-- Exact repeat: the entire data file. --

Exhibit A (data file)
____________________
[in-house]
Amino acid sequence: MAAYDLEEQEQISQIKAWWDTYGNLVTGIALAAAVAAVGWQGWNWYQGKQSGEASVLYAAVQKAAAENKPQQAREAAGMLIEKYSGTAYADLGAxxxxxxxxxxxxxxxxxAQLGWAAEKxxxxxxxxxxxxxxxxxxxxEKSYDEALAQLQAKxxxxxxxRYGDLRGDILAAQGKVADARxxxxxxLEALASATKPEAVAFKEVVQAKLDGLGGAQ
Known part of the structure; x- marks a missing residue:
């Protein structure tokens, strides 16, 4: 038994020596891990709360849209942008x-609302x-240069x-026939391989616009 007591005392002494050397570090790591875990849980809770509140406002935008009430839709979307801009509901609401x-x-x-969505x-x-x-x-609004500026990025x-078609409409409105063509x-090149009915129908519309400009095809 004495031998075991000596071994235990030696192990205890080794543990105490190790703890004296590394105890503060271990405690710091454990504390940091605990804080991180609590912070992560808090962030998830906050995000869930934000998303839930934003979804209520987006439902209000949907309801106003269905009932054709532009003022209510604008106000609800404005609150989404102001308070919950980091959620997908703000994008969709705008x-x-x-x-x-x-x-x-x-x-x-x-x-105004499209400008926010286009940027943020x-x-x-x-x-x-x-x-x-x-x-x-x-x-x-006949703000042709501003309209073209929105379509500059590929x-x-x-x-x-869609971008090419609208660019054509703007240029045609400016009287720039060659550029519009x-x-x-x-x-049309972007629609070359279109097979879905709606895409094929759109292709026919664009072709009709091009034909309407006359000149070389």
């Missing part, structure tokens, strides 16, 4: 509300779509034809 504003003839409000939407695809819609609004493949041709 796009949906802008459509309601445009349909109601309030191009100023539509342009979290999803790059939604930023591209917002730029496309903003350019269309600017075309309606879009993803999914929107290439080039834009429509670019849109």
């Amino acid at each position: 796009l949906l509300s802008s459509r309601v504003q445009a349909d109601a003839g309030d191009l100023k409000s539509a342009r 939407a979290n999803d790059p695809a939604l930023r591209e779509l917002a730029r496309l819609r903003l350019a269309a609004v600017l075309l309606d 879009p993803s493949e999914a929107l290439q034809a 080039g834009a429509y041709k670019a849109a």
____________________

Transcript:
[in-house]
Amino acid sequence: MAAYDLEEQEQISQIKAWWDTYGNLVTGIALAAAVAAVGWQGWNWYQGKQSGEASVLYAAVQKAAAENKPQQAREAAGMLIEKYSGTAYADLGAxxxxxxxxxxxxxxxxxAQLGWAAEKxxxxxxxxxxxxxxxxxxxxEKSYDEALAQLQAKxxxxxxxRYGDLRGDILAAQGKVADARxxxxxxLEALASATKPEAVAFKEVVQAKLDGLGGAQ
Known part of the structure; x- marks a missing residue:
């Protein structure tokens, strides 16, 4: 038994020596891990709360849209942008x-609302x-240069x-026939391989616009 007591005392002494050397570090790591875990849980809770509140406002935008009430839709979307801009509901609401x-x-x-969505x-x-x-x-609004500026990025x-078609409409409105063509x-090149009915129908519309400009095809 004495031998075991000596071994235990030696192990205890080794543990105490190790703890004296590394105890503060271990405690710091454990504390940091605990804080991180609590912070992560808090962030998830906050995000869930934000998303839930934003979804209520987006439902209000949907309801106003269905009932054709532009003022209510604008106000609800404005609150989404102001308070919950980091959620997908703000994008969709705008x-x-x-x-x-x-x-x-x-x-x-x-x-105004499209400008926010286009940027943020x-x-x-x-x-x-x-x-x-x-x-x-x-x-x-006949703000042709501003309209073209929105379509500059590929x-x-x-x-x-869609971008090419609208660019054509703007240029045609400016009287720039060659550029519009x-x-x-x-x-049309972007629609070359279109097979879905709606895409094929759109292709026919664009072709009709091009034909309407006359000149070389």
């Missing part, structure tokens, strides 16, 4: 509300779509034809 504003003839409000939407695809819609609004493949041709 796009949906802008459509309601445009349909109601309030191009100023539509342009979290999803790059939604930023591209917002730029496309903003350019269309600017075309309606879009993803999914929107290439080039834009429509670019849109």
């Amino acid at each position: 796009l949906l509300s802008s459509r309601v504003q445009a349909d109601a003839g309030d191009l100023k409000s539509a342009r 939407a979290n999803d790059p695809a939604l930023r591209e779509l917002a730029r496309l819609r903003l350019a269309a609004v600017l075309l309606d 879009p993803s493949e999914a929107l290439q034809a 080039g834009a429509y041709k670019a849109a």